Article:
Cohen's piece has my thoughts scattering in different directions. Monitoring Jewish responses to German philosophers is a Mennonite pastime with a very long (by Mennonite standards) history. Also: “character and nuance” — how could those qualities be so evident in this writing and so maddeningly absent in Cohen's short-lived HBO series, Vinyl? Also: I am personally overdue for a re-reading of Herzog. Etc.

Four of these links are arguably devoted to the subject of reading. After I'd read the n+1 piece (missing: the element of surprise) I scanned ArtsJournal for other links of interest (missing: the element of surprise). I closed the browser and meditated some more on Cohen's writing.

It struck me then that argument has become so binary — this is not just the state of our public discourse but our private discourse as well — that there is no longer any sense of intellectual quandary being worked out in real time, or being worked out at all.
"Wait: 'Frasier is the last good sitcom'? AYFKM??"
Intellectual quandary, being worked out in real time — the better podcasts retain this sense, I think, which is one significant reason why they are so popular — at least with me.

Tuesday, October 09, 2018

Tim Chandler, 1960-2018

In 1982, midway through my 11th grade, I took a bus to a small music store on the other side of Winnipeg and spent 250 of my favourite dollars on a bass guitar. This purchase was largely motivated by what I'd seen and heard Tim Chandler do with a bass guitar in a church concert in LA in January of that year.

Chandler was the newest member of Daniel Amos, a group I obsessed over. A dishy dude with a Tom Selleck mustache, he was stepping in for DA stalwart Marty Dieckmeyer. Dieckmeyer had laid down the bass foundation for ¡Alarma!, an album I committed to memory — word for word, note for note. During that concert, Chandler proved not only familiar with Dieckmeyer's fundamentally solid bass-line, but keen to inject and resolve points of tension that were uniquely Chandler's own.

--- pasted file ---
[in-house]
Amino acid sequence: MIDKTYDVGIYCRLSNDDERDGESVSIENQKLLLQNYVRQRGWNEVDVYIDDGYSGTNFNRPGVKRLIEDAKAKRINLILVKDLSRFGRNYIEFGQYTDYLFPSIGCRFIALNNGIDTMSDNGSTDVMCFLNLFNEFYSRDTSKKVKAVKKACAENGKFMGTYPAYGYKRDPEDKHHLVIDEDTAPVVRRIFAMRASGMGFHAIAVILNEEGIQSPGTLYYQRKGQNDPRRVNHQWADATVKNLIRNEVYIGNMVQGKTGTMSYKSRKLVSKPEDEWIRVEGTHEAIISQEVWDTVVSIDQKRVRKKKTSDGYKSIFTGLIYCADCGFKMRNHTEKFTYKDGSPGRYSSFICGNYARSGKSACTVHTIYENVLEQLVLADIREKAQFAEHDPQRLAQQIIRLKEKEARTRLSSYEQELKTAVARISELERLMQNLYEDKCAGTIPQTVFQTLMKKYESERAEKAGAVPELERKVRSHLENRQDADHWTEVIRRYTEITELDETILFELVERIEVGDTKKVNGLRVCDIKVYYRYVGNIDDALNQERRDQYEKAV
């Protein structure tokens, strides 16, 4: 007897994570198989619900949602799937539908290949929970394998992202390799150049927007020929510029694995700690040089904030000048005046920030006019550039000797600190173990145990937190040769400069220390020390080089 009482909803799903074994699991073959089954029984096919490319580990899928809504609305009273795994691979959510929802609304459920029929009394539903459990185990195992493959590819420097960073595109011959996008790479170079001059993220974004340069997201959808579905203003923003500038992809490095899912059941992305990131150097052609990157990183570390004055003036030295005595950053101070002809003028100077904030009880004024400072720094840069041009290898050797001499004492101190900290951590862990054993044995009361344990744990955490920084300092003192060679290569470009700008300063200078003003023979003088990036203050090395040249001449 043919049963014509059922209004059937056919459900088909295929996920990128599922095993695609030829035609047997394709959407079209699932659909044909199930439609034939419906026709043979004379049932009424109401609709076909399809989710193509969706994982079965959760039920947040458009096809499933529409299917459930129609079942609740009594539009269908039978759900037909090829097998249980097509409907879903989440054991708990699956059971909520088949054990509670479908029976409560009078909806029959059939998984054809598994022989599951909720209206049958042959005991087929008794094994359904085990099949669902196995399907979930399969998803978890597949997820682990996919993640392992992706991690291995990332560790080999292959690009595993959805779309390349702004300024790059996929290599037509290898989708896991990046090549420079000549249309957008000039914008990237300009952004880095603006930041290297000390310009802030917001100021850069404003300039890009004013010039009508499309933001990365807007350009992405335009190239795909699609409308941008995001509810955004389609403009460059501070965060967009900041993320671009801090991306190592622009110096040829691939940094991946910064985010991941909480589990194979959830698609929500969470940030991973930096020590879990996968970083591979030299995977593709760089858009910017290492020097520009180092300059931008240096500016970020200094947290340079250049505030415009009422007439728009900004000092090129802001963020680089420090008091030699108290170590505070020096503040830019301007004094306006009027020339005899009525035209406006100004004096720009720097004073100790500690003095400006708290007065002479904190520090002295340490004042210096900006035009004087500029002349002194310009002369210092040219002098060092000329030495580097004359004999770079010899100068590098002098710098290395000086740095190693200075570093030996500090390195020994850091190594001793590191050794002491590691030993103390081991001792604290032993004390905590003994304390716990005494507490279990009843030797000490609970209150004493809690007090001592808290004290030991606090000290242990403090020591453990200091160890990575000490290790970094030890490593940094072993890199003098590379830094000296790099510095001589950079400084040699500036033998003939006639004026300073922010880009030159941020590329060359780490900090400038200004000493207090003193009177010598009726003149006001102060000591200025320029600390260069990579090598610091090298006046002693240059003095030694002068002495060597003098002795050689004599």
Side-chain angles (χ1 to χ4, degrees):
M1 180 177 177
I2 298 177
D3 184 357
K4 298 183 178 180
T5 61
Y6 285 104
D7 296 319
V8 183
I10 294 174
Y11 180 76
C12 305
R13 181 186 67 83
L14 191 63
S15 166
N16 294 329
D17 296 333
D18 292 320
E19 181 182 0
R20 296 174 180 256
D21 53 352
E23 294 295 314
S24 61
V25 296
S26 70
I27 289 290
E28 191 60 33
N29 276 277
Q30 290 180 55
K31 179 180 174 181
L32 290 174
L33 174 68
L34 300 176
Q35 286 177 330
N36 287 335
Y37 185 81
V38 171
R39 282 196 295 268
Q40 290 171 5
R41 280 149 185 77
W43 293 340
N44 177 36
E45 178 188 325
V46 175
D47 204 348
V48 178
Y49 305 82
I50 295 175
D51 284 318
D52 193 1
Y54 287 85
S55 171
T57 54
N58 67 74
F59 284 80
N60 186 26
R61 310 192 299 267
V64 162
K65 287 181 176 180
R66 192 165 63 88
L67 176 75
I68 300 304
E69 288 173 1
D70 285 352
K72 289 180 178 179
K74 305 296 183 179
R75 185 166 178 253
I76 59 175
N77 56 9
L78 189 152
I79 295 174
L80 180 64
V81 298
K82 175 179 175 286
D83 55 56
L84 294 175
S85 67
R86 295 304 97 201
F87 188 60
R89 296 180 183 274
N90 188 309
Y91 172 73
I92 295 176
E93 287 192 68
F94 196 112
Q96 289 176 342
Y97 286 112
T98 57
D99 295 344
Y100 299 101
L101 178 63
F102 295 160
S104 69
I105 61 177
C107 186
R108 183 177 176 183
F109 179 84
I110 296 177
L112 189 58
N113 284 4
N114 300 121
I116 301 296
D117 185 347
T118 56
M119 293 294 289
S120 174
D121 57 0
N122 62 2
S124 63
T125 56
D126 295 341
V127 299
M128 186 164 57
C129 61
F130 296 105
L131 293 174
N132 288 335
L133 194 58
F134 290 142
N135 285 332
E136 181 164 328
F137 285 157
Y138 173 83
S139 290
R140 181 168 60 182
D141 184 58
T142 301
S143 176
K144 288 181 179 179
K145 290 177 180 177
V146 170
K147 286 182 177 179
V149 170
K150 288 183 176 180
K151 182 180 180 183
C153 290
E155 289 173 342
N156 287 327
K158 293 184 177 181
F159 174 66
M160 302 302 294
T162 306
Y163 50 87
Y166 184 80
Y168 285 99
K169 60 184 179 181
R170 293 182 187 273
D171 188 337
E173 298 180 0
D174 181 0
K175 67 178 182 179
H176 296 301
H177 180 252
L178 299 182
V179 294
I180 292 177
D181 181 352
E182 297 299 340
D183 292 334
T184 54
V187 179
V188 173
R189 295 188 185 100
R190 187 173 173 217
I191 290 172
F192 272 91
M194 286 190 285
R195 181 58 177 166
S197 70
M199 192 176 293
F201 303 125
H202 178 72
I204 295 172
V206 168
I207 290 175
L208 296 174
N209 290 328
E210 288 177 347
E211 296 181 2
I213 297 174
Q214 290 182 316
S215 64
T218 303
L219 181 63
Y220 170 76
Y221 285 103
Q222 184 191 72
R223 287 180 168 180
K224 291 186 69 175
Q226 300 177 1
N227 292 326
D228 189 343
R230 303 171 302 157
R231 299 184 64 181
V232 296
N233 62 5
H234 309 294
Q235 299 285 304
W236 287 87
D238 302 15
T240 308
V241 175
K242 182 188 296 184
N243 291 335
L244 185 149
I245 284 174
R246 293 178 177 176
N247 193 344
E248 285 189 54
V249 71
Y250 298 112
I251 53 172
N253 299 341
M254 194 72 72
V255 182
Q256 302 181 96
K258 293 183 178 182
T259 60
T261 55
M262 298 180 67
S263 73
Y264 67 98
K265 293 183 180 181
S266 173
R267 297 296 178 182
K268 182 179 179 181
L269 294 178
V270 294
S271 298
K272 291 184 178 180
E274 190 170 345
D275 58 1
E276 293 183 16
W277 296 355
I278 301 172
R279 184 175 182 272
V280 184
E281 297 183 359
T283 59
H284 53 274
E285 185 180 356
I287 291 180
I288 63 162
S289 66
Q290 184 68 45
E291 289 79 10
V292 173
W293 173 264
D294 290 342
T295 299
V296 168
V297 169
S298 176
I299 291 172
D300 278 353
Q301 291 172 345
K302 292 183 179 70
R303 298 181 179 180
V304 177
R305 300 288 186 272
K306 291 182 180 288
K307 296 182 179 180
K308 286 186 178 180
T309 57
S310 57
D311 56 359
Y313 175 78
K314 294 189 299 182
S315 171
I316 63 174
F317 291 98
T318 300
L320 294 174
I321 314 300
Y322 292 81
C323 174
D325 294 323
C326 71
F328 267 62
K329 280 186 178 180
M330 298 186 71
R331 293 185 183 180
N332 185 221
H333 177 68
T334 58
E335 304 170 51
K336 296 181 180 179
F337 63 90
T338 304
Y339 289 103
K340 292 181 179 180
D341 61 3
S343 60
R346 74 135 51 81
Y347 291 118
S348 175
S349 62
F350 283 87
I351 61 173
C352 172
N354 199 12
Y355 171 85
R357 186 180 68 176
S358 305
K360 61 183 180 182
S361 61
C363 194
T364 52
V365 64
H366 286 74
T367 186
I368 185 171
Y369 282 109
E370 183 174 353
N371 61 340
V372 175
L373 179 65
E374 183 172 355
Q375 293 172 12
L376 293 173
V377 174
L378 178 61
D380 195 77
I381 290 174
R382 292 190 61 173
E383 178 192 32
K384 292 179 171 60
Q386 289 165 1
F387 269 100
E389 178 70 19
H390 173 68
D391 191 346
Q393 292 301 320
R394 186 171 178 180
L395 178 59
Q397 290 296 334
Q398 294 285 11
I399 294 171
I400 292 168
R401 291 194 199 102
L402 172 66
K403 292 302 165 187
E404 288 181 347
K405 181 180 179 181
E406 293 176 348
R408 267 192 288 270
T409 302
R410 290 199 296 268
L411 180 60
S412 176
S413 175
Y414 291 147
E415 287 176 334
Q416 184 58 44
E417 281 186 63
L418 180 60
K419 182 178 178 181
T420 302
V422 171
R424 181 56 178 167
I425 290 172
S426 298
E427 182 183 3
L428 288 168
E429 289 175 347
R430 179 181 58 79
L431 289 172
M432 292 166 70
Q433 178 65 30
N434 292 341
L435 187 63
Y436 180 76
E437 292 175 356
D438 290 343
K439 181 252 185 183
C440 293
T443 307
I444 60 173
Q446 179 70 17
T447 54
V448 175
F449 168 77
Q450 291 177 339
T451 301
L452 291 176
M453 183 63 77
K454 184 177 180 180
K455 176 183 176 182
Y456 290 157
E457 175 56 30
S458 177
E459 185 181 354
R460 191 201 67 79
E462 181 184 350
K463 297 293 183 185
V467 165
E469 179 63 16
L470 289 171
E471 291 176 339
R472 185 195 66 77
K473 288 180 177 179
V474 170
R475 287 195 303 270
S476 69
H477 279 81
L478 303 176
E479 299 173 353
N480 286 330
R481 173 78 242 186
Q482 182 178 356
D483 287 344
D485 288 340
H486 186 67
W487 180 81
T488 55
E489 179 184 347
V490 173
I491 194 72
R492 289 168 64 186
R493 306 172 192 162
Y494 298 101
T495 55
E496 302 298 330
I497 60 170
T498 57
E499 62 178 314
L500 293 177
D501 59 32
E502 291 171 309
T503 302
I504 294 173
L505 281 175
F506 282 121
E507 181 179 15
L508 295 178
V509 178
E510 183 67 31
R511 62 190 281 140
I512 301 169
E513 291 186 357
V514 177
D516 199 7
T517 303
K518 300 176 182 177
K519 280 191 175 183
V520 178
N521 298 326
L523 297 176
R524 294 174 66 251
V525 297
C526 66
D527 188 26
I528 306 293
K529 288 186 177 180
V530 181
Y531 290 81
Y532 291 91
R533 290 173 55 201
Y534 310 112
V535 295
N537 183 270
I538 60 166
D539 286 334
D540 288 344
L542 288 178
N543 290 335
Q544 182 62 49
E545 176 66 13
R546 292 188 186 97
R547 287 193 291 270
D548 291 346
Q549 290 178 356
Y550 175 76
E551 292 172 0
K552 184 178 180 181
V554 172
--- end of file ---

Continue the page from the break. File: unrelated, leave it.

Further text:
This was just the beginning for him. Good rock 'n' roll bass guitarists — think Paul McCartney, John Entwistle, even a meat-and-potatoes bassist like Cliff Williams — play just a whisper ahead of the drummer. Not only that, in many songs they introduce the melody anywhere from a half- to a whole-beat ahead of the rest of the band (listen to Williams on “Hells Bells” for a primary example of this). Chandler had these techniques down, and lots more besides.

Tim Chandler was a vigorous explorer of the pocket, sussing out every possible point of tension and exploiting it with a virtuosity that was wholly unique. On his second album with Daniel Amos — Vox Humana — the decision was made to replace the drummer with a machine, a move that would prompt most bassists to roll their eyes (“Why not just let the synth do me, too? Or the singer? Or everyone?”). Instead Chandler was all over it like a kid locked inside a candy store.

This variety of stylistic virtuosity is enough to send all but the sturdiest drummers screaming (the machine, which was never heard from again, may indeed have suffered a nervous breakdown). Drummers — in fact all band members — appear to have immensely enjoyed working with Chandler. Judging from his Facebook page, Chandler was predominantly a pleasant personality, openly affectionate, with a kid-brother sense of humour that kept the studio and tour van exploits breezy.

Alas for him and the listening world at large, Chandler grew his legs in the most fenced-in ghetto of the music industry imaginable — both from within and without. The groups he played with were not only devoted Christians, they were cussedly committed to exploring genres and styles that ran against the grain of CCM and Christian Rock. “Christian Alternative,” in other words — exceedingly rarefied stuff. If the unwary listener did not approach with an appetite whetted for exactly that, odds were stacked heavily against ever acquiring the taste for it.

In a good and just world Chandler would be an in-demand session bassist, who played with the likes of Brian Wilson and Donald Fagen. Chandler's untimely death at 58 curtails that fantasy with grim finality.

Rest in peace, Tim Chandler.
Links:

Wednesday, October 03, 2018

This Kavanaugh thing...

...pretty visceral, isn't it?

I haven't watched so much as five seconds footage, yet here I am, drawn into the fray.

I have my reasons.

I don't like 'im, but that's largely immaterial — judges, particularly soops, aren't often likable people.

I've given both my daughters the “If you're at a party...” lecture.

I imagine Kavanaugh's given similar lectures to his daughters. He and I are the same age.

I would deeply dread any job interview that could dredge up episodes of my behaviour from my high school days.

If I remember rightly — and I am willing (am I ever!) to accept correction on this matter — I was frequently a jerk.
Pretty much.
Not all the time, not hardly. And not as big a jerk as some guys were. I was largely pious, which put a curb on some varieties of jerkish behaviour (I wasn't yet a drinker, for one thing) but led to others which were inexcusably cruel — episodes where I was not just thoughtless but a deliberately hurtful and unlovable jerk. This was the general pattern of behaviour well into my 20s, I'd say. There are people I've apologized to for this. And there remain people to whom I owe an apology.

Which is all to say, I am not without compassion for Justice K_ and his family. But at the end of the day, I'm with this guy.